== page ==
Quote from idSurge »
    Its not biased at all, its right out of the Top 8 data for GP's from the life of Modern.

    You are on ignore from this point forward until you go ahead and review the data as I have. Its there, just look it up yourself.

    His point is that its selective data
    Posted in: Modern Archives
  • posted a message on The State of Modern Thread (B&R 16/04/2018)
    Quote from idSurge »
    Quote from tronix »
    every good deck is supplanting decks similar to it. regardless its pointless to go on and on about whether the ban was justified. it really doesnt matter. twin was banned under circumstances that differed significantly to previous ones. that is just a fact.

    the format is completely different now, and we should be framing everything under the current state of things and stop looking at the past.

    eldrazi decks, dredge, fatal push, death shadow, storm, kci, mardu, humans , hollow one, etc. stop looking at what twin was doing 2 years ago because that format no longer exists.


    Several good points here.

    1. Twin would replace decks. No argument can be made that it wouldnt. UR Kiki and UR Breach for example would 100% disappear.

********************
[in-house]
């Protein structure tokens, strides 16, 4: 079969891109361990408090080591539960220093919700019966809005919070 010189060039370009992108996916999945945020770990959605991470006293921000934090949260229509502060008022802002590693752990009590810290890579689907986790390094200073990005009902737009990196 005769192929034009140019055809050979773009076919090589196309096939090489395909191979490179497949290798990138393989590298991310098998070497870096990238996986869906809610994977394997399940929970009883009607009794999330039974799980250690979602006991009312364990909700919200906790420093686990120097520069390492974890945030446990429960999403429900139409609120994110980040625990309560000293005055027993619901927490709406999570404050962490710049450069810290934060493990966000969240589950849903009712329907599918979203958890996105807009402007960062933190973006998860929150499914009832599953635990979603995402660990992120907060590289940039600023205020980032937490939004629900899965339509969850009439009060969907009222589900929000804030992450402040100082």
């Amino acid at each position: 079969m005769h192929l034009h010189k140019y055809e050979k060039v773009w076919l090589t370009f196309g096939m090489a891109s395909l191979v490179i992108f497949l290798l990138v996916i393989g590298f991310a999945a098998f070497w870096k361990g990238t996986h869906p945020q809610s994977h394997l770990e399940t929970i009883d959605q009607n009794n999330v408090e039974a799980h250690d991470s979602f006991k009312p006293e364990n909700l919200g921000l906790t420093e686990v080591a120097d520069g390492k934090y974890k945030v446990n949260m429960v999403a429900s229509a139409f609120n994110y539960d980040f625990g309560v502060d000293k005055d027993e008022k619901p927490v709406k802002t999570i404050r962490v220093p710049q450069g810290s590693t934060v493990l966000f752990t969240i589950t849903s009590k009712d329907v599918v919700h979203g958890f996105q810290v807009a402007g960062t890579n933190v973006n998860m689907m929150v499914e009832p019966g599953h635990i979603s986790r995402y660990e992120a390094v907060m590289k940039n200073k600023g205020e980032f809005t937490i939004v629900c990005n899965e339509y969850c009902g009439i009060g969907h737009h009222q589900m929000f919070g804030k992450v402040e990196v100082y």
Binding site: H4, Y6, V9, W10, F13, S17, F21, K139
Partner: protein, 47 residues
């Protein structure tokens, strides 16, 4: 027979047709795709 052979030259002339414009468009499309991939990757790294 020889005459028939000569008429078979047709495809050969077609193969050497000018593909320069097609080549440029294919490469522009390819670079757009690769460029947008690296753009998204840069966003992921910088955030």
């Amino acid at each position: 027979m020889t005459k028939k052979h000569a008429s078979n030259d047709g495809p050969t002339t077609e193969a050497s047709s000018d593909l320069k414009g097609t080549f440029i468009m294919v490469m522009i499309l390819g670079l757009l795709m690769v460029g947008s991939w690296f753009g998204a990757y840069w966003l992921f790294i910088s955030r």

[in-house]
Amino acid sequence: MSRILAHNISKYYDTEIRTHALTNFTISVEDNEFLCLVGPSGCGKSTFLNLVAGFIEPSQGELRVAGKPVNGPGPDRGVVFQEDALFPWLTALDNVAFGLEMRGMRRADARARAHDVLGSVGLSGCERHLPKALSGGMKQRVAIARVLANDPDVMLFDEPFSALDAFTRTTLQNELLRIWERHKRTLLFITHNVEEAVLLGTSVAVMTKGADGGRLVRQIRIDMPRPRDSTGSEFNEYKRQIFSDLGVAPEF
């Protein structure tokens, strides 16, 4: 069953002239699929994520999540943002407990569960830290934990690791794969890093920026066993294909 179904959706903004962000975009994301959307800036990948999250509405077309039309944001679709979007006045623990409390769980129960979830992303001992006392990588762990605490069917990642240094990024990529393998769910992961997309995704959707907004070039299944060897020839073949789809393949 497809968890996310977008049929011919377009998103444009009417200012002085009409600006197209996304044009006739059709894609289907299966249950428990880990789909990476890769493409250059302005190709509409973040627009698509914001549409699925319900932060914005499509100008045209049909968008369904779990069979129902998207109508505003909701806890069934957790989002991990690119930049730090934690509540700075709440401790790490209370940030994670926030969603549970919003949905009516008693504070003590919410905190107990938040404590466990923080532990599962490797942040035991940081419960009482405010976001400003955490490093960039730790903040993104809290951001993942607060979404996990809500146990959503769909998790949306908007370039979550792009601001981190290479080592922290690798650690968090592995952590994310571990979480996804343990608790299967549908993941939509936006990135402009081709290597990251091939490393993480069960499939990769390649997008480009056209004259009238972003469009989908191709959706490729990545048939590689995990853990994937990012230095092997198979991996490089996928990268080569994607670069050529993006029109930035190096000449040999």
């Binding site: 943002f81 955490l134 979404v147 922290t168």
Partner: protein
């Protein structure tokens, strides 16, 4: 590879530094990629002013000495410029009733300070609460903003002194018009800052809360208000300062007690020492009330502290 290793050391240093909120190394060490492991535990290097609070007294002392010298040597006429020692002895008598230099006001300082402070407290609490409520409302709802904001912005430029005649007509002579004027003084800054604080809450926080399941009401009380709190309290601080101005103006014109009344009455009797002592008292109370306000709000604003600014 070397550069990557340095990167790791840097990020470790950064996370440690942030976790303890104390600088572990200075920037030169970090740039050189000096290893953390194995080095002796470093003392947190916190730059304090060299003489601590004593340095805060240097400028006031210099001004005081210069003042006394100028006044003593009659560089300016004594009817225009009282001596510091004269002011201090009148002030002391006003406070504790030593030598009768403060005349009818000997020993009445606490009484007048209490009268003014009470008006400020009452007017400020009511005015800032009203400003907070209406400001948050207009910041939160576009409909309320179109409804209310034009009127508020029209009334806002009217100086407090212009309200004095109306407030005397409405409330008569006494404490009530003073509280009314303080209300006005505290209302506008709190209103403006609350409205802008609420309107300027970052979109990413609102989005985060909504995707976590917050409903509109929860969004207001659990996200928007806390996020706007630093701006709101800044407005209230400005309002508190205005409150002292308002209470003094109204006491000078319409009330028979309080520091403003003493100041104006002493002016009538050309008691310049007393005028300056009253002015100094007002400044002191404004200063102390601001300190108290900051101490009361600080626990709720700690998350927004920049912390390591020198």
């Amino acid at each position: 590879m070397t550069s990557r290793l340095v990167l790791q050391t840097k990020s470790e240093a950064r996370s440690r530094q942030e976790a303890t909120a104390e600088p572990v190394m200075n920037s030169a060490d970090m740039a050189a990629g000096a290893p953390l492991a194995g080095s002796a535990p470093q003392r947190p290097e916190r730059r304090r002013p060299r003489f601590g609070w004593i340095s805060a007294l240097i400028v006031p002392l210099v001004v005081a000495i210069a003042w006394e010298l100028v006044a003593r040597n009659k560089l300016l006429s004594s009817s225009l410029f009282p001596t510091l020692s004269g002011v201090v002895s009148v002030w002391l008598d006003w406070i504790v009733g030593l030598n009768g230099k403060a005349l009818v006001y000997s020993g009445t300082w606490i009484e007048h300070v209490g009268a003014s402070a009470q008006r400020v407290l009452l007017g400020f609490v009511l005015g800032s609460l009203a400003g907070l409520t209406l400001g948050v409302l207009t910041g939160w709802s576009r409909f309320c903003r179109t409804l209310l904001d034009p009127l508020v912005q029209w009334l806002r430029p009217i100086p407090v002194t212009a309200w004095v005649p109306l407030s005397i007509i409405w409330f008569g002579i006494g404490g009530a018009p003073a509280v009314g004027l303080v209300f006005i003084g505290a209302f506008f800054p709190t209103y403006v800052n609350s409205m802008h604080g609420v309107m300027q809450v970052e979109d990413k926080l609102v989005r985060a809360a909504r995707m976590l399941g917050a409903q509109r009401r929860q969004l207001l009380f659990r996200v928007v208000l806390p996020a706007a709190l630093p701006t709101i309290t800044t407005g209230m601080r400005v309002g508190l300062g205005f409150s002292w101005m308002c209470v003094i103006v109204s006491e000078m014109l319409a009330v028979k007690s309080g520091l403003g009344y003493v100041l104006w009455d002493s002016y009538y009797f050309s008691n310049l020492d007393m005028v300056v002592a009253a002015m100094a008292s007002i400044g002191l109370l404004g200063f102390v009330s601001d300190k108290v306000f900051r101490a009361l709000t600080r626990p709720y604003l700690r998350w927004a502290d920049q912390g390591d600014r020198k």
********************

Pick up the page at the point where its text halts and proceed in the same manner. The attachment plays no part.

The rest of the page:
2. It really doesnt matter. I agree. This T8 exercise was something I just wanted to do to confirm to myself that Twin was not over represented. It wasnt OR OTHER DECKS ARE.
    3. The format is completely different now. 100% Its very interesting to see the format take shape, and to remember some of these events. Tarmo Affinity anyone? Grin

    Either way, we can all move the goal posts over and over, cite any numbers we have access to, waste time to write up justifications, but in the end it doesnt matter.

    Nothing this forum says, will get Twin unbanned.

    Nothing.

    Besides the outside chance pro players or Wotc employees looking at this site, yeah it probably wont ever influence anything. However, thats not point. I think that if a good enough argument to ban or unban a certain card is presented, then it could do some things. It can firstly, help people predict unbannings and get ahead of the meta and/or price boom of a certain card (I have recently bought a playset of Stoneforge and Twin due to these discussions alone). Secondly, it can slowly spread to other outlets like Reddit and Twitter and eventually influence the greater general "thought" of the people playing Modern, which can influence Wotc.

    At the end of the day, thats not he reason we discuss things like unbannings on this sub. Its mainly for fun
    Posted in: Modern Archives